7. Computational Couture#

Objectives from Fabricademy website:

Design and develop your Grasshopper definition to create 3-dimensional patterns to 3D print#

You can use various methods for 3D printing including rigid structures, flexible structures, 3D printing on fabrics#

3D Printed Flame Tattoo Sleeve#

Parametric woven pattern designed in Grasshopper (via tutorial) | 3D flame tattoo designed in Rhino

Inspiration / References#

3D Printing is the 4th industrial revolution#

Clockwise starting top left: Prada shoe via SONYC | Space tattoos | Campfire tattoo by @_azamp via Instagram | Pusha T in Prada shirt | Prada look book | Jeremy Scott’s flame Ugg boots (background image)

Design Process#

Step 1: Take measurements#

*Taking my own measurements at the wrist and forearm for the tattoo sleeve | Dimensional layout of tattoo sleeve | Reference image via TattoosTime [https://www.tattoostime.com/black-ink-fire-and-flame-tattoo-on-right-forearm/]

Step 2: Design in Rhino#

I had to think of:
- a joining system
- b. how to make a gradient that would go from 14 cm to 23 cm
- c. how to connect the flames so that they wouldn’t flop around when you are wearing the piece
- d. what material would be appropriate for the use

Step 3: Transfer your model to the 3D Printer#

To prepare your model in Rhino to export it to the 3D printer some useful tips:

Step 4: Adjusting parameters in Cura#

Ensure your piece fits on the bed

Parameters to change:
- Layer Height = 0.3 mm (the standard is 0.2 mmm but we changed it for the sake of printing faster)
- Support > Adhesion Plate = None
- Infill > Infill Density = 15%
- Zig Zag Pattern
- Shell > Top Layers = 3, Bottom Layers = 3
- Speed > Print Speed = 30 (because we are using Filaflex, we have to go at a slower speed. The default is 60).

Step 5: 3D Machine#

Step 6: Test Prototype#

Step 7: Record observations + fix imperfections of Prototype 1#

  1. General functioning
  2. The arrows do not fit in the holes because the holes are too narrow (see photo 2)
    - Solution: Widen the holes of the interlocking system (from 1.5 mm to 2.5 mm) in Rhino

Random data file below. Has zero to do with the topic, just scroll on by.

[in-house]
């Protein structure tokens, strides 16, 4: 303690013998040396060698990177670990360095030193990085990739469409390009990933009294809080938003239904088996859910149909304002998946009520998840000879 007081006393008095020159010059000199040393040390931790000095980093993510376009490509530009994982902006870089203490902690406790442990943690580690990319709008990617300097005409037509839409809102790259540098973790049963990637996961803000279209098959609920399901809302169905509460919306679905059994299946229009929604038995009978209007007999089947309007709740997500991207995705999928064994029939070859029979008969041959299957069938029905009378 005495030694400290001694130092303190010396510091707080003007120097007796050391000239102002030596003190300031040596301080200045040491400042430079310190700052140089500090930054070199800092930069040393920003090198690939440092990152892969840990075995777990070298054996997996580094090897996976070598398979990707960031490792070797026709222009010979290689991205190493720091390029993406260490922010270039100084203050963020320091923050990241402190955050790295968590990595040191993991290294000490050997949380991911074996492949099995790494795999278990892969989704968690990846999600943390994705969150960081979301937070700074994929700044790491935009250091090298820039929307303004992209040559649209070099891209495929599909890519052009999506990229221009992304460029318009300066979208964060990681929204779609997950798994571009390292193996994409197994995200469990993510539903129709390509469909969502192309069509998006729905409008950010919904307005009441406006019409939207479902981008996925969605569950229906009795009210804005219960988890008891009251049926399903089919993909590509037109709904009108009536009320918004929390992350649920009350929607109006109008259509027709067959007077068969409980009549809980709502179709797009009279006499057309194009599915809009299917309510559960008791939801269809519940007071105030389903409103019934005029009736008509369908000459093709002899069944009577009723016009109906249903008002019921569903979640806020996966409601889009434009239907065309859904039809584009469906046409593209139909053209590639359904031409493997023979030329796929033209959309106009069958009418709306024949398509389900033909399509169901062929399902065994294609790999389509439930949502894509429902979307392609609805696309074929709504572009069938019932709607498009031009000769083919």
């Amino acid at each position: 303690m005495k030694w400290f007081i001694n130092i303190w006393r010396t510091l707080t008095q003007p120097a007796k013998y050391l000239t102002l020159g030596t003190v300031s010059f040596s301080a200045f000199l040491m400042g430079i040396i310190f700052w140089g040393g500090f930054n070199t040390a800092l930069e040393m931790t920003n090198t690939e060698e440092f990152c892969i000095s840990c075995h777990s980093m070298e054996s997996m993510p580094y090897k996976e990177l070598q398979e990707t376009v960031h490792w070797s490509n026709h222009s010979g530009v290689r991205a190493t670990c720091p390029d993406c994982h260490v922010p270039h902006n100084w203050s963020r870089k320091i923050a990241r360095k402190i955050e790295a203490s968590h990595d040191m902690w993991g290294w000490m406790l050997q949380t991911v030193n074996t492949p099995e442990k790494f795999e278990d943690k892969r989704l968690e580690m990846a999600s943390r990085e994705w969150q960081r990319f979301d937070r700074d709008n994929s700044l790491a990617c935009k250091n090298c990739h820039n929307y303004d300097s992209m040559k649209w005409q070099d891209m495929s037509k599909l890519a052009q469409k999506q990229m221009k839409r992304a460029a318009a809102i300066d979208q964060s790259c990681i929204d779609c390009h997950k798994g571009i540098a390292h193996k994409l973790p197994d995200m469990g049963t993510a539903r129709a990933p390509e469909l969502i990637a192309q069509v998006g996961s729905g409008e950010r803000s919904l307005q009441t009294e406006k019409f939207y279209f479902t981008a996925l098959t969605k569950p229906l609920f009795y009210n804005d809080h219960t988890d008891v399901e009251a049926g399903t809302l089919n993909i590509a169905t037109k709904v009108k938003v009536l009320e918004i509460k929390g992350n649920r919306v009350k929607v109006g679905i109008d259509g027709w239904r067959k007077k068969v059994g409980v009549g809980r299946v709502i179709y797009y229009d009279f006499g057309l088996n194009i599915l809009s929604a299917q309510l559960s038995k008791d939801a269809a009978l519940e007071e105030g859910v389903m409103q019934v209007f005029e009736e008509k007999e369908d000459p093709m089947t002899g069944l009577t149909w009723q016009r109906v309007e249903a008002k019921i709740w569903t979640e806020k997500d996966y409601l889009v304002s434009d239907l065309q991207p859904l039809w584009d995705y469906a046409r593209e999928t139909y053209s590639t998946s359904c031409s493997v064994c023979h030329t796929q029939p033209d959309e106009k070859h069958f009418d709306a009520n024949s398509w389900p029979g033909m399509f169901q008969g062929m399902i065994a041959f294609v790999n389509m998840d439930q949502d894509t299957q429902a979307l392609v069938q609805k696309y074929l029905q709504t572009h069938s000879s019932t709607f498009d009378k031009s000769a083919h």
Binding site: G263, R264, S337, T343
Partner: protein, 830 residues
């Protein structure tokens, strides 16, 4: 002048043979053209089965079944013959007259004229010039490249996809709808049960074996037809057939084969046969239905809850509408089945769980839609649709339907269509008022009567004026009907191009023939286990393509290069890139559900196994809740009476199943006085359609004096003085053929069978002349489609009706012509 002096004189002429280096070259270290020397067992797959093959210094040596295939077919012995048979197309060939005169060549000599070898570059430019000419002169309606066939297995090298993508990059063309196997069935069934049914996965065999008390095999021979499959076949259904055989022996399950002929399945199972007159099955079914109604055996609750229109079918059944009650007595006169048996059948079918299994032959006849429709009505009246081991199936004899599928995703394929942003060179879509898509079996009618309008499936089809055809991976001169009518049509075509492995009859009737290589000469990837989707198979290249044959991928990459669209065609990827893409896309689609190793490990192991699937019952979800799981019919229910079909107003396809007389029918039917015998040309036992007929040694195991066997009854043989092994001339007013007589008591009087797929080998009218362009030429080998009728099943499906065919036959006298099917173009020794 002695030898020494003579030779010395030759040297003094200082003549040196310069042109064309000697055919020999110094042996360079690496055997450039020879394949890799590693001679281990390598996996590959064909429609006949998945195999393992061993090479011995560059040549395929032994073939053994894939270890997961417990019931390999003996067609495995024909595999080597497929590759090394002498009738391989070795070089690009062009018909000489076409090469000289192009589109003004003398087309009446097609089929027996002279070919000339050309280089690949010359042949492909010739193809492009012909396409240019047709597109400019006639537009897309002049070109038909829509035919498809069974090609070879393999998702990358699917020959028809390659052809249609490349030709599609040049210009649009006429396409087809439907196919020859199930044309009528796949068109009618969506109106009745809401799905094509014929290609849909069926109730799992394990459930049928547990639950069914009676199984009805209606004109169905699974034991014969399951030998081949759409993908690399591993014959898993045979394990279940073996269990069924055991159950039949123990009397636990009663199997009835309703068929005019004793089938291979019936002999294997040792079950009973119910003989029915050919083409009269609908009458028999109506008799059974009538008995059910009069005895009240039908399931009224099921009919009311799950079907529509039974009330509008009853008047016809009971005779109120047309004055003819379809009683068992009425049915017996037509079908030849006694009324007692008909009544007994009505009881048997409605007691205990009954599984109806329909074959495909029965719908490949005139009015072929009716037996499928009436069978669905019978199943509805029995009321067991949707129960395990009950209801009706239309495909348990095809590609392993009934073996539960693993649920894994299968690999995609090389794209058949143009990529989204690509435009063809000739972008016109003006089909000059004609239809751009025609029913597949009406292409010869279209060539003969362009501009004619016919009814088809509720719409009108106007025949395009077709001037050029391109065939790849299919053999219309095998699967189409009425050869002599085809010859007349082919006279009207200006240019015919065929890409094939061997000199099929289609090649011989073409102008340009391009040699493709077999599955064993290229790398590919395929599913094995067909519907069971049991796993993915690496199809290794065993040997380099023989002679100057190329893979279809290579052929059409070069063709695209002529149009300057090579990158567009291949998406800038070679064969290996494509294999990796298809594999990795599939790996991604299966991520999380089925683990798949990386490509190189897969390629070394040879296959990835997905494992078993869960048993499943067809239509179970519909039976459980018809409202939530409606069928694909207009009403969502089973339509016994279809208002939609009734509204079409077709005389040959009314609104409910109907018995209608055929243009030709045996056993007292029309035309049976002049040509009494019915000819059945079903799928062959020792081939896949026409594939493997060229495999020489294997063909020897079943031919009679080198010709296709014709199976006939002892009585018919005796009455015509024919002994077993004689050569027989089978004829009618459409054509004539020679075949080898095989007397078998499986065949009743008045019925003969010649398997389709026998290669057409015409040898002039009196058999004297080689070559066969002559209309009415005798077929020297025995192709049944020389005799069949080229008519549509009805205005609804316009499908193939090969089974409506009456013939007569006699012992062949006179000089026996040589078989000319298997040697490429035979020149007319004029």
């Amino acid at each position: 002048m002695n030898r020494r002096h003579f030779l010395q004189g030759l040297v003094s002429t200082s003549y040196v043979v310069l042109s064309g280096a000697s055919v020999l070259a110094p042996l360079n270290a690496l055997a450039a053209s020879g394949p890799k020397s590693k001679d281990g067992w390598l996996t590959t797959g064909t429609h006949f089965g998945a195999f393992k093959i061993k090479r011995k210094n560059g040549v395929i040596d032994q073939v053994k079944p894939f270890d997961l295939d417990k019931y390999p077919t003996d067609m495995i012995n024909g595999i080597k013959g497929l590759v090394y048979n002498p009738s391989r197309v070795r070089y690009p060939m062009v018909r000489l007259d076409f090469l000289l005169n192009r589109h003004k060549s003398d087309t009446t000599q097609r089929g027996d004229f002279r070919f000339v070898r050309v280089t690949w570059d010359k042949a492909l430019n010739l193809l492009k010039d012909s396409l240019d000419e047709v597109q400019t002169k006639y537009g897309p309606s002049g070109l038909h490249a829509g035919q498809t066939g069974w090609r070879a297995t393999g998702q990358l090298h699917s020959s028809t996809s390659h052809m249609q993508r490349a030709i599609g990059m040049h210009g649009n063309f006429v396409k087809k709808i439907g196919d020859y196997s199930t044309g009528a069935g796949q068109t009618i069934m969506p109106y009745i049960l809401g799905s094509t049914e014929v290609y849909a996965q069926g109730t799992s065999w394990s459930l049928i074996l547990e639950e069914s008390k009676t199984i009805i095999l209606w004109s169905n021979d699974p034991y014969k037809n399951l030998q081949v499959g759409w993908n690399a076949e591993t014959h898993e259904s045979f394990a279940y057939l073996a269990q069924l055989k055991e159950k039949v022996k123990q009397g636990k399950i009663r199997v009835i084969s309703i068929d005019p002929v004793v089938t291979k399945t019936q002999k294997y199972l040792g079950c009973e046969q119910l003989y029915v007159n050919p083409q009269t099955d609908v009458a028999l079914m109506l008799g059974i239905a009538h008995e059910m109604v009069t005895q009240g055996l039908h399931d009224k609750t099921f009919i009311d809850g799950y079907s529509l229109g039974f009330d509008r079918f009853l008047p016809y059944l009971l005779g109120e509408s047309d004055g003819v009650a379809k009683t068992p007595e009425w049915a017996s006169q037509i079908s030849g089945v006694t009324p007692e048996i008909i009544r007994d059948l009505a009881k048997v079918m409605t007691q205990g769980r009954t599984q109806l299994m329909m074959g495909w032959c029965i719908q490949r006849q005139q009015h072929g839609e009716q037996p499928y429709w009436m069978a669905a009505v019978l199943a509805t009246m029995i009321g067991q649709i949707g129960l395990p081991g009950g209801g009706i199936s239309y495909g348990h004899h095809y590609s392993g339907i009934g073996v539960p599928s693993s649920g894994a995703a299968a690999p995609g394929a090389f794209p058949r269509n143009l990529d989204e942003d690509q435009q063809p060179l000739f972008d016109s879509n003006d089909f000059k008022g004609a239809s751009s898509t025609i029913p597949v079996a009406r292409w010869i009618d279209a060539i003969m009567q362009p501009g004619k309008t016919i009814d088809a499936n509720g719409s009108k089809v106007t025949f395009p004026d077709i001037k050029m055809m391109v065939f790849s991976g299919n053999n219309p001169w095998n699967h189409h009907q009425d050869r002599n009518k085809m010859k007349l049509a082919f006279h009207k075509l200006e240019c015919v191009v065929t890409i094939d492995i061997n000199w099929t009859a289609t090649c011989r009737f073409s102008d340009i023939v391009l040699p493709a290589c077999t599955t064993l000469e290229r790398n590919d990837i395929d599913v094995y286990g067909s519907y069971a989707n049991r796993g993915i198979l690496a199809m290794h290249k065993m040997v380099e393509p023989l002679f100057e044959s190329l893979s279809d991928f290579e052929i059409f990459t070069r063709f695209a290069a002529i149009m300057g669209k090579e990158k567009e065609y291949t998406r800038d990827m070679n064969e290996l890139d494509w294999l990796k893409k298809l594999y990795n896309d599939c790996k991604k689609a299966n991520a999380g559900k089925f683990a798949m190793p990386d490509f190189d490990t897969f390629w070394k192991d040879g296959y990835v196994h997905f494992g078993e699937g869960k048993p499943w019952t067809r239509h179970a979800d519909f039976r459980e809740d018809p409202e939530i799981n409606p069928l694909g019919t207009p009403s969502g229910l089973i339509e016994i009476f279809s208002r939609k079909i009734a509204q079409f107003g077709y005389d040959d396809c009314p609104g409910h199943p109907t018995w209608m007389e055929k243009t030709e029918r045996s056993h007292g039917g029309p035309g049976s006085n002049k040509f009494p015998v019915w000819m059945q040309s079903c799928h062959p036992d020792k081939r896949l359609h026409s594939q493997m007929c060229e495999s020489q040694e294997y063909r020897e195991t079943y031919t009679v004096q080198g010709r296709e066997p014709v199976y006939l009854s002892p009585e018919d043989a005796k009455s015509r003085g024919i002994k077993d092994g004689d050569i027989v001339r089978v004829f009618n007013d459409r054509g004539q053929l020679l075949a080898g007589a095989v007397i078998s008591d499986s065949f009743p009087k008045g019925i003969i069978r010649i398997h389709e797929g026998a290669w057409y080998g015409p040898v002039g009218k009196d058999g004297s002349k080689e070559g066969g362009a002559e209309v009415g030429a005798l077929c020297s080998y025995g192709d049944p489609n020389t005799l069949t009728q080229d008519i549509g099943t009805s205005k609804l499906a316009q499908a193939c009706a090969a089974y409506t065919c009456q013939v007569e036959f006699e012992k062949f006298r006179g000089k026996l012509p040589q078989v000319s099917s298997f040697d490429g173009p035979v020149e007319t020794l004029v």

3. The 3D printing machine moved whilst printing, resulting in a “double layer” or “offset” look of the filaflex. The spread filament that resulted was actually a contributor to why the interlocking system didn’t shut properly. You can see how the arrow in photo #3 is wider than it should be.
    - Solution: Keep a closer eye on the 3D printer when it’s printing
  4. The 3D printer created some pock marks (or indents) on the filaflex and left some gaps (see photo 1) - Solution: This can be fixed by adjusting the infill density in Cura

  5. Design aestethic

  6. The tattoo was way too thick. When you wrapped it around your arm, it raised off of the skin so much that it didn’t look like a tattoo at all. It just looked like a shirt sleeve.
    - Solution: Reduce the thickness from 4mm to 0.5 mm in Cura
  7. I didn’t like the white colour at all. It’s not appropriate for this project, because it doesn’t communicate the notion of a “tattoo”. It needs to be black, to mimic the look of a black ink arm sleeve.
    - Solution: buy black Filaflex
  8. I didn’t like the look of the “straight across” connections of the flames
    - Solution: Alter the design in Rhino
  9. I didn’t like how wide the attachment straps were. I made them this wide because I thought it would be necessary for the tattoo not to break. But we realized it could be a lot skinnier and still not snap.
    - Solution: Reduced the width of the straps in Rhino

Step 8: Print Prototype 2#

We got black Filaflex!
- Anytime you are working with a new material, you have to read the information sheet it comes with to determine its temperature requirements. Each 3D printing filament has it’s own requirements.

This time in Cura:
- I had to scale down the design slightly because the object wouldn’t fit on the bed. We made it x=96 and y=96
- I chose to do a “Voronoi” design instead of a “Zig Zag”
- I printed only 2 layers this time, instead of 3 top layers and 3 bottom layers

Step 9: Fix again and print Prototype 3#

This time, the tattoo sleeve fit nice and close to the skin. But it was a little TOO thin. So another Prototype needs to be made.

Design Files:#


I wanted to simulate how a parametric pattern (like the 3D flame tattoo) would stretch, inflate, deflate on a human arm. Next, I wanted to simulate what it would look like on different parts of the body, for example the leg or neck.

Overview of Grasshopper connections

Resulting parametric pattern in Rhino, once “baked in Grasshopper

Lecture reflections#

“Computational Couture”
Presented by Aldo Sollazzo
Lecture 7

Bonus Information#